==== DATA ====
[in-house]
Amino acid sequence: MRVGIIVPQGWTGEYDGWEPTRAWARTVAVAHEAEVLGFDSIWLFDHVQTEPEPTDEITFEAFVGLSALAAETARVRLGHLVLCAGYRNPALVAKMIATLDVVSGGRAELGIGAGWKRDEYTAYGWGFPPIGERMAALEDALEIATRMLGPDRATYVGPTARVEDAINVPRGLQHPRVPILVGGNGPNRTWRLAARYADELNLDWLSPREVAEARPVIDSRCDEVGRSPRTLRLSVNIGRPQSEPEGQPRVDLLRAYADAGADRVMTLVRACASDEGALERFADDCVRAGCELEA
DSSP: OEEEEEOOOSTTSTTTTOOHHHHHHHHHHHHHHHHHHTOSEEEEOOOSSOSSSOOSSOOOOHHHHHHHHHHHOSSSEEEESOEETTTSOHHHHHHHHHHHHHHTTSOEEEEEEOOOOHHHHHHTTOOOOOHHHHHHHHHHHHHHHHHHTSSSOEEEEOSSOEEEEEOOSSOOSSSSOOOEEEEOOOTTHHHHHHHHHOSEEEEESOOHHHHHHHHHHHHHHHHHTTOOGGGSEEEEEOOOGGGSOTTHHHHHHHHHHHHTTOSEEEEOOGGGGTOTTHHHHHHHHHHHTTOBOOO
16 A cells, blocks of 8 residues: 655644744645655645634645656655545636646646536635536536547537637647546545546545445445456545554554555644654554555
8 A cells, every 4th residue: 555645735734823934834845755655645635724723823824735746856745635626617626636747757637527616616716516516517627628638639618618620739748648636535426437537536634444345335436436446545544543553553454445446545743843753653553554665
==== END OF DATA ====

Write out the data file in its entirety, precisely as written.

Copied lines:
[in-house]
Amino acid sequence: MRVGIIVPQGWTGEYDGWEPTRAWARTVAVAHEAEVLGFDSIWLFDHVQTEPEPTDEITFEAFVGLSALAAETARVRLGHLVLCAGYRNPALVAKMIATLDVVSGGRAELGIGAGWKRDEYTAYGWGFPPIGERMAALEDALEIATRMLGPDRATYVGPTARVEDAINVPRGLQHPRVPILVGGNGPNRTWRLAARYADELNLDWLSPREVAEARPVIDSRCDEVGRSPRTLRLSVNIGRPQSEPEGQPRVDLLRAYADAGADRVMTLVRACASDEGALERFADDCVRAGCELEA
DSSP: OEEEEEOOOSTTSTTTTOOHHHHHHHHHHHHHHHHHHTOSEEEEOOOSSOSSSOOSSOOOOHHHHHHHHHHHOSSSEEEESOEETTTSOHHHHHHHHHHHHHHTTSOEEEEEEOOOOHHHHHHTTOOOOOHHHHHHHHHHHHHHHHHHTSSSOEEEEOSSOEEEEEOOSSOOSSSSOOOEEEEOOOTTHHHHHHHHHOSEEEEESOOHHHHHHHHHHHHHHHHHTTOOGGGSEEEEEOOOGGGSOTTHHHHHHHHHHHHTTOSEEEEOOGGGGTOTTHHHHHHHHHHHTTOBOOO
16 A cells, blocks of 8 residues: 655644744645655645634645656655545636646646536635536536547537637647546545546545445445456545554554555644654554555
8 A cells, every 4th residue: 555645735734823934834845755655645635724723823824735746856745635626617626636747757637527616616716516516517627628638639618618620739748648636535426437537536634444345335436436446545544543553553454445446545743843753653553554665